In the movie, the dying Bones gives Jim a packet. In the book, he finds it in Billy Bones’ sea-chest which he and his mother are pillaging for the money owed them. Jim’s mother refuses to take a nickel more than her debt but the coins are all manner of issues and denominations and it takes a while to calculate. Jim urges her to take the lot, but she won’t because that is not the Right thing to do. So they are almost caught when the pirates suddenly swarm around the Admiral Benbow, not waiting until the appointed hour at all, those scurvy swabs. Jim and his mother hide outside while he ponders that they might be killed because of his mother’s “greed”. But, of course, it was not just greed, but righteousness, that caused her to delay. Jim is not quite what moderns call an unreliable narrator, but Stevenson makes it clear that he does not always see things the way others — including the reader — might. Later, Jim demonstrates a rather cavalier attitude toward doing the Right Thing. Have I made it clear yet that I admire Stevenson’s writing?

Now the cavalry arrives in the form of a posse of revenue agents called by Jim through the local lord, Squire Trelawney. The details and differences between book and movie aren’t important. What is important is that, during the confusion when the armed guard arrives and the pirates scatter, Blind Pew falls under their horses and is killed. In the book, that is; on the DVD nary a trace of Pew amongst the pirates. I thought I remembered… but possibly that’s an illustration I recall. Maybe Disney couldn’t bear to kill a blind man, even if that same blind man is one of the nastiest villains ever imagined. “It’s that boy,” says Pew, when the pirates can’t find the map, “I wish I had put his eyes out.” There’s echoes of fairy tales and myth in that declaration.

Top: Classics Illustrated #84 by Alex Blum. The face in the chopped-off panel at right is that of Billy Bones. Bottom: Pew seeking the aid of his shipmates, who have fled, by N.C. Wyeth, possibly the most famous illustrator for this story; Pew is ridden down by Edmond Dulac. Dulac was a great illustrator, but chose to see everything in Treasure Island from a distance. There is little of characters in his illustrations.

Top: Classics Illustrated #84 by Alex Blum. The face in the chopped-off panel at right is that of Billy Bones. Bottom: Pew seeking the aid of his shipmates, who have fled, by N.C. Wyeth. Wyeth’s colors are often very similar to those of the Technicolor Disney film; Pew is ridden down, by Edmund Dulac. Dulac was a great illustrator, but chose to see everything in Treasure Island from a distance. There is little of characters in his illustrations.

Jim turns the map over to Squire Trelawney and Doctor Livesey. The doctor, who had ministered to Billy Bones and tried to get him to stop drinking, is very upright, courageous, and, for Disney, a sort of father figure to Jim. In fact, the movie turns on which dad Jim will choose: the upright Livesey or the scoundrel Silver — but that’s yet to come. The Squire is a bluff gentleman, thick as a post, who cannot keep from blathering every thought that winks into his head. The Doctor tries to rein him in, but Squire Trelawney is a fool. Not that Doctor Livesey would allow you to say that, because he is as loyal as he is upright. At any rate, these two and Jim decide to sail after the treasure on the map.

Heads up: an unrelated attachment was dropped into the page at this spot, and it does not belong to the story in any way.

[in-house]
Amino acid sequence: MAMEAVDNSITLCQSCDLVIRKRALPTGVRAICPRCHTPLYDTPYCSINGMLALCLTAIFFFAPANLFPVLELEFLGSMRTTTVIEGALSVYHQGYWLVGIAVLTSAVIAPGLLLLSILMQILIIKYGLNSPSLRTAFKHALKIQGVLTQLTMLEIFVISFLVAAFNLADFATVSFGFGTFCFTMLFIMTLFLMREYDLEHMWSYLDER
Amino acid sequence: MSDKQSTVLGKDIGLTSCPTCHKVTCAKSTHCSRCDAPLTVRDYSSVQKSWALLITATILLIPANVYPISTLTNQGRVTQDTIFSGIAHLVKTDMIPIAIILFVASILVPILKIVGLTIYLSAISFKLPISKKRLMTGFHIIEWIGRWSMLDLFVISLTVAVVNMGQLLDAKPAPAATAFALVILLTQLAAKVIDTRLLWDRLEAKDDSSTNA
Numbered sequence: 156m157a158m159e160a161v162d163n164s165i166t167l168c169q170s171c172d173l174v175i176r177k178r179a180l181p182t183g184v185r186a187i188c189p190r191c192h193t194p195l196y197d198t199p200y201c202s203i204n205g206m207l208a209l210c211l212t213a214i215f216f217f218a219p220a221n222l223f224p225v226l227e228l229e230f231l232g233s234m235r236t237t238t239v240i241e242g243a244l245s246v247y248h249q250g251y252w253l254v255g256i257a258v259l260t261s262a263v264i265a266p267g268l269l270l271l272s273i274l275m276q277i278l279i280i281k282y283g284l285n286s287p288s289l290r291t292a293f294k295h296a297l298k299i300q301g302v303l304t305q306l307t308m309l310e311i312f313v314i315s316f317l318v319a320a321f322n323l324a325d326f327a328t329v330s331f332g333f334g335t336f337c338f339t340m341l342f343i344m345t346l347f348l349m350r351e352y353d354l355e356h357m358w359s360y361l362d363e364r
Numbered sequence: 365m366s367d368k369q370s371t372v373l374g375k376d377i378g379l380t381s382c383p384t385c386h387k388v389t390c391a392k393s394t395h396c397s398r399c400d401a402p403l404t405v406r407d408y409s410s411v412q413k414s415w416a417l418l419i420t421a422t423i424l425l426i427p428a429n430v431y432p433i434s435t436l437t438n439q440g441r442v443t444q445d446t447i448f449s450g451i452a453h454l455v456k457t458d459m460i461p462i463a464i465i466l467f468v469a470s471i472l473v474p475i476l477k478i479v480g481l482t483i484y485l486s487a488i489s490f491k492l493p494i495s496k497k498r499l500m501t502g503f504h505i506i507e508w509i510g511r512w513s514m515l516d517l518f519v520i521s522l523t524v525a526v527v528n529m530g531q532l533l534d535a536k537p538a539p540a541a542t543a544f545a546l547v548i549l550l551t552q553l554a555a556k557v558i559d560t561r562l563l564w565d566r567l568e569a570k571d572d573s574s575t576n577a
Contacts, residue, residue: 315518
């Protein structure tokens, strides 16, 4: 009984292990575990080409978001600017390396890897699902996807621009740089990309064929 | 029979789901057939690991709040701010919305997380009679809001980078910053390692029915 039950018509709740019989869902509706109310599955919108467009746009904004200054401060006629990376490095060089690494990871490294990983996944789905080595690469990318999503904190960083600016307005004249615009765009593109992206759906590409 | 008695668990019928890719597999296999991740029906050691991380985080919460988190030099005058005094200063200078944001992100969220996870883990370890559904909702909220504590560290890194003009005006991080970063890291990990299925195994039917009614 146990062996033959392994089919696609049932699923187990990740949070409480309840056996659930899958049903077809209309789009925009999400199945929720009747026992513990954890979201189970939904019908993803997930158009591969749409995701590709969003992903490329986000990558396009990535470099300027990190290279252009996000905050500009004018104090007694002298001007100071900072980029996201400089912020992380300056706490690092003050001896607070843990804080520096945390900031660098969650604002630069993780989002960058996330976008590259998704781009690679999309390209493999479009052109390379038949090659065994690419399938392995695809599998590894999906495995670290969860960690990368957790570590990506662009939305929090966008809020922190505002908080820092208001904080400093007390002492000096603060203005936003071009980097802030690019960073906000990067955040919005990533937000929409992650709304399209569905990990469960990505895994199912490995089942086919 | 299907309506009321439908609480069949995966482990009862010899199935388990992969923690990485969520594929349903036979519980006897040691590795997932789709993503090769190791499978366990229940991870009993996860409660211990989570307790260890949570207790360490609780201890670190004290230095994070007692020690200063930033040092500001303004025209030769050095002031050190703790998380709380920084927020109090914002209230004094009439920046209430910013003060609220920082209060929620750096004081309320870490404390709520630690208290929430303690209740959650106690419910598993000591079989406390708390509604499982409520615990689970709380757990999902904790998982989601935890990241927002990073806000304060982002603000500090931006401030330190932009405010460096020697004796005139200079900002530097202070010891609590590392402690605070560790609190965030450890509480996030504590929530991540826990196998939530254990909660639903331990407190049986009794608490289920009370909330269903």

The Squire sets out to Bristol where he finds a ship, the Hispaniola, and Captain Smollett to command her. He also runs his mouth about a treasure map and all the wrong type of seaman are attracted to him. All this is much the same in book and movie, except that Disney leaves out Jim taking leave of his mother and his old home. The lad setting out on his life adventure with both joy and apprehension, and the leavetaking of home, is older than fairy tales and the beginning of many great stories. Stevenson glosses this device. When Jim sees the boy who has been apprenticed to take over his work, he has an attack of tears. Then:

I am afraid I led that boy a dog’s life; for as he was new to the work, I had a hundred opportunities of setting him right and putting him down, and I was not slow to profit from them.

Jim is, you see, not a stainless hero but a genuine human being with both good and bad traits.

Jim leaves home, by N.C.Wyeth. Wyeth’s illustrations are perhaps the best-known. The original paintings are three feet by four and cost Wyeth an enormous effort but one that he felt was worth it. He called the Treasure Island illustrations “far better in every quality than anything I ever did.” Wyeth’s version has remained in print since 1911. (See end notes for more details on this edition.)

In Bristol, Jim finally meets the Old Sea-Cook, as an alternate title of Stevenson’s novel calls him. Long John Silver is a charming fellow. Although Jim remembers Billy Bones’ warning and is alarmed to meet a one-legged man, Silver soon charms him. In the movie, Silver gives Jim a pistol, which will figure in the later action; in the book, he simply talks Jim around. At one point, Jim spots Black Dog and gives the alarm. Silver sets men after the pirate, but, of course, they don’t catch him.